Arbitration agreements are quickly becoming employers’ best and most common defense against class action lawsuits by their employees. As discussed in the recent New York Times article “Arbitration Everywhere, Stacking the Deck of Justice,” in addition to depriving employees of the opportunity to have their claims heard in court, arbitration agreements often waive employees’ right to participate in class actions, a crucial means of redressing wrongdoing that affects large groups. Given the ubiquity of arbitration agreements, workers may assume they have no option but to acquiesce. But many workers actually do have a choice: opting out.
Some arbitration agreements are, by their terms, effective unless the employee chooses for them not to be. This is called “opting out.” It is a (usually simple) process that exempts workers from the terms of the arbitration agreement, usually by merely checking a box or sending a letter. However, employees need to act quickly as the window for opting out is usually brief. The opt-out process may require the employee to indicate her desire to opt-out directly on the agreement itself, or it may allow the employee a period of several days or weeks in which to notify the employer of the intention to opt-out. Employees who do not follow the strict requirements of an opt-out provision will likely find themselves bound by these agreements.
Voluntary and opt-out arbitration agreements are more common than workers might realize. Approximately 20 percent of the motions to compel arbitration decided by the Federal District Court for the Northern District of California in the last year involved an opt-out arbitration agreement. The employers who used such agreements were large companies, usually employing over 1000 workers. While more research would be needed to compare this number to other regions, the fact that the opt-out agreements were used in larger companies suggests that more than 20 percent of the workforce in this region may have the choice of opting out.
Because courts often consider the voluntariness of an arbitration agreement when determining whether it is enforceable, employees who fail to opt-out of arbitration agreements when given the opportunity may be more likely to be held to the agreement than if the agreement had been mandatory. For example, in California, mandatory arbitration agreements are vulnerable to being invalidated because many courts will find the circumstances under which the agreements were signed coercive. If the agreement is invalidated, employees will be free to pursue their claims in court and as a class. By contrast, when employees appear to have a choice in whether to agree to an arbitration agreement, they typically must put forth additional evidence of coercion.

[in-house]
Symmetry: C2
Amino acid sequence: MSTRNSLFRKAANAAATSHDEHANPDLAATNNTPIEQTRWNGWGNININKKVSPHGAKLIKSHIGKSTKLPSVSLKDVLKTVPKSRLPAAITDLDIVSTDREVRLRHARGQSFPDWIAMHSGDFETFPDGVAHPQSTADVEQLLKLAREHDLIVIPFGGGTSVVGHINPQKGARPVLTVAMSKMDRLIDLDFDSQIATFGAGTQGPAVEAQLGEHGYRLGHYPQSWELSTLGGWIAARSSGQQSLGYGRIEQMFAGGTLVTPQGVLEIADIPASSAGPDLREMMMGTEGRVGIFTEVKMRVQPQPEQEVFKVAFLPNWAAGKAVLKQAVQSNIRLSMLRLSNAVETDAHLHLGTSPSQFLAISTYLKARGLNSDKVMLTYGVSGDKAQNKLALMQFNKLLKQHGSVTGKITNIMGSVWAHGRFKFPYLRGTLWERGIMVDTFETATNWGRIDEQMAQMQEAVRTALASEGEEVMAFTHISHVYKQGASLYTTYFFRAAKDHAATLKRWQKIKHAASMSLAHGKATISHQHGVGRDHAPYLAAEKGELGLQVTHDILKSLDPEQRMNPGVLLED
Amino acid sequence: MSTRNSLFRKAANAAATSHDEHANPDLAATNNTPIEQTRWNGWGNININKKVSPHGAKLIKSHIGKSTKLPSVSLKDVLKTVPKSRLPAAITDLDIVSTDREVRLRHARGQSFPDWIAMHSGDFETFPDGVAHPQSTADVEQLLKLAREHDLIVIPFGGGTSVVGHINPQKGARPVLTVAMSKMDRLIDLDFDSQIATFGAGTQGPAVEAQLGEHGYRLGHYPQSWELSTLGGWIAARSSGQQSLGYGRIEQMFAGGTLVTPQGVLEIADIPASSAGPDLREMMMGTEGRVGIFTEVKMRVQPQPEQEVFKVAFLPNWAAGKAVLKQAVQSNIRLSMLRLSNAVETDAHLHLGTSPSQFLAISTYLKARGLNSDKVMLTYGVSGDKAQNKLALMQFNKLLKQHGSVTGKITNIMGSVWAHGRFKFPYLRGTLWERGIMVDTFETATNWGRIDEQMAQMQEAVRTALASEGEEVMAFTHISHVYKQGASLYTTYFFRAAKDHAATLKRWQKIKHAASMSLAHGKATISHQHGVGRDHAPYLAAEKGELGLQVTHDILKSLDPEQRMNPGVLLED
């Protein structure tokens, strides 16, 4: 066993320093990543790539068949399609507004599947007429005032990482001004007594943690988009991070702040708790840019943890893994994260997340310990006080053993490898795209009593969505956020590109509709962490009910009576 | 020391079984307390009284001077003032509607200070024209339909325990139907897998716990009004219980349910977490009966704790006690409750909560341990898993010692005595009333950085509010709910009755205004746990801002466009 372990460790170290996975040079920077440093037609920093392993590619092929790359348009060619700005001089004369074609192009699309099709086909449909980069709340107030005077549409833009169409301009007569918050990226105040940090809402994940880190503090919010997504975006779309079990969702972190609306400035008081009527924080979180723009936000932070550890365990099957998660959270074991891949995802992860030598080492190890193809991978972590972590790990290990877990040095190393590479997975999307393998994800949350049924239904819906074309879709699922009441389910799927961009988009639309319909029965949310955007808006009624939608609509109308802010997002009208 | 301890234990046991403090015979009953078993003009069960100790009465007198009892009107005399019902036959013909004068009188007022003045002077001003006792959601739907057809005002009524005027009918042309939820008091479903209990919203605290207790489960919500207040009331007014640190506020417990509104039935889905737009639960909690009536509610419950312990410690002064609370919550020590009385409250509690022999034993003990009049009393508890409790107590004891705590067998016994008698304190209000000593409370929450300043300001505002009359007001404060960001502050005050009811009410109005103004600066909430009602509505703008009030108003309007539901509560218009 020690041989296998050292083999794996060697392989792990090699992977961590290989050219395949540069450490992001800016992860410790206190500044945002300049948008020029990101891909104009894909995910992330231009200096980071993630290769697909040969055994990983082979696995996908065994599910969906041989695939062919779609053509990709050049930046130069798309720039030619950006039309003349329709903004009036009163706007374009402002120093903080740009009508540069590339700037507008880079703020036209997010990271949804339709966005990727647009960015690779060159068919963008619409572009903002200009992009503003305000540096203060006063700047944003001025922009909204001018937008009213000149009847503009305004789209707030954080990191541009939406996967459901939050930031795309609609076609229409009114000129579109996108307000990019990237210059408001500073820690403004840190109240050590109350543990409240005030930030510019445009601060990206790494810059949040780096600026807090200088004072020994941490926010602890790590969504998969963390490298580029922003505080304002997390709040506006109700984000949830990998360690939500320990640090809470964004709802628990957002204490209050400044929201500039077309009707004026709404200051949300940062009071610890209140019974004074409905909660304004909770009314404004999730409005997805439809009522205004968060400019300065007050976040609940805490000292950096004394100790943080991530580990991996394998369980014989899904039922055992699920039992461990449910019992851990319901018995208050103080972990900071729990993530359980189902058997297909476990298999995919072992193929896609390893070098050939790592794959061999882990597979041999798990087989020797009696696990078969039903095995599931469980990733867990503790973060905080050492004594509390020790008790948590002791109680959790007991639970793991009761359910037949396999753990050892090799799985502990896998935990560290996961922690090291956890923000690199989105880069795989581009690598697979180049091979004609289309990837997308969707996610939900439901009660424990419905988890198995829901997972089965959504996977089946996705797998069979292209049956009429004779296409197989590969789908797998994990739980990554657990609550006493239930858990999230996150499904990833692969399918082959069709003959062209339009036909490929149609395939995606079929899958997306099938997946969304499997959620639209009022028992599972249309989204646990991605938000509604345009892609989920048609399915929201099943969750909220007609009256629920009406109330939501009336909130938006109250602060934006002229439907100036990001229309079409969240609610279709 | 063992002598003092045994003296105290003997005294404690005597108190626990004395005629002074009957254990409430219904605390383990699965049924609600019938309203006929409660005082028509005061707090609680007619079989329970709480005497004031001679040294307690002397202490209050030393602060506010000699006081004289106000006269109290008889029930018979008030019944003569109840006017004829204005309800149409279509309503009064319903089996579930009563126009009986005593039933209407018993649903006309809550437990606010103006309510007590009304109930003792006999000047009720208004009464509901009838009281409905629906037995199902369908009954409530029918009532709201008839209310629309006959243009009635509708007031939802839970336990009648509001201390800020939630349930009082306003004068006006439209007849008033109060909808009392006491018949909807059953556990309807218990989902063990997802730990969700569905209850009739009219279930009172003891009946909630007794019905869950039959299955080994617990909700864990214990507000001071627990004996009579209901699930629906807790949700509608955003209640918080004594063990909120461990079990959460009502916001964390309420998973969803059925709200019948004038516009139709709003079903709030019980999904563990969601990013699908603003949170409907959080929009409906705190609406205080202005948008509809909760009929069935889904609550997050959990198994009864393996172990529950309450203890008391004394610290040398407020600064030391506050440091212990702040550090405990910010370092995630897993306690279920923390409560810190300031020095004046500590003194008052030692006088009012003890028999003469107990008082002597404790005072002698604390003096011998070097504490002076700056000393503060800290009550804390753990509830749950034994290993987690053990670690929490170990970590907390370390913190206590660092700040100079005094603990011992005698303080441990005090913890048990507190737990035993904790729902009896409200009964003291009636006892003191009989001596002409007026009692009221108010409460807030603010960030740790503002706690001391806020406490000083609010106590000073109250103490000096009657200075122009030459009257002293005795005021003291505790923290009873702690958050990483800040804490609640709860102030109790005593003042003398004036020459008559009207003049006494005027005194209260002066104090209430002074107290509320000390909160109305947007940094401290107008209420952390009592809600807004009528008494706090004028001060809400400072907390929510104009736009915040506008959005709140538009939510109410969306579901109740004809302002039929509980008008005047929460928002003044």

But it is easy to bury opt-out clauses amidst pages of monotonous text, or to impose inconvenient or intimidating hurdles to opt-out, such as writing and mailing a letter to the employer, companies may assume that workers are unlikely to take advantage of the opportunity to opt-out. Therefore, opt-out agreements may actually benefit employers by protecting the enforceability of the agreement while generally binding workers to arbitrate their claims.
The practice of construing opt-out arbitration agreements as evidence of affirmative consent should be challenged. In many cases, employees may not understand the full import of the arbitration agreement or the practice of opting out. Further, as several courts have recently found, where the opt-out process is particularly inconvenient or burdensome, it is also unfair to construe a failure to act as voluntary consent. The court reached just such a conclusion in Mohamed v. Uber Techs., Inc., decided in June of this year. There, the court found that an arbitration agreement that only permitted employees to opt-out by hand-delivering or sending by overnight mail their letters indicating their desire to opt-out did not provide a meaningful opportunity to avoid the terms of the agreement.
It is clear that new laws are needed to limit employers’ abilities to strip their workers of access to courts while tilting the balance of the litigation in their favor with class action waivers and similarly unfair terms. However, in the meantime, it is critical that employees who have the option of opting out know about this right. When faced with an opt-out arbitration agreement, employees have both greater opportunity and greater risk than when faced with a mandatory version of the same agreement. By opting out, they can avoid the terms of the agreement entirely, but by failing to do so, they risk creating an inference of voluntary consent that will support the agreement’s enforcement.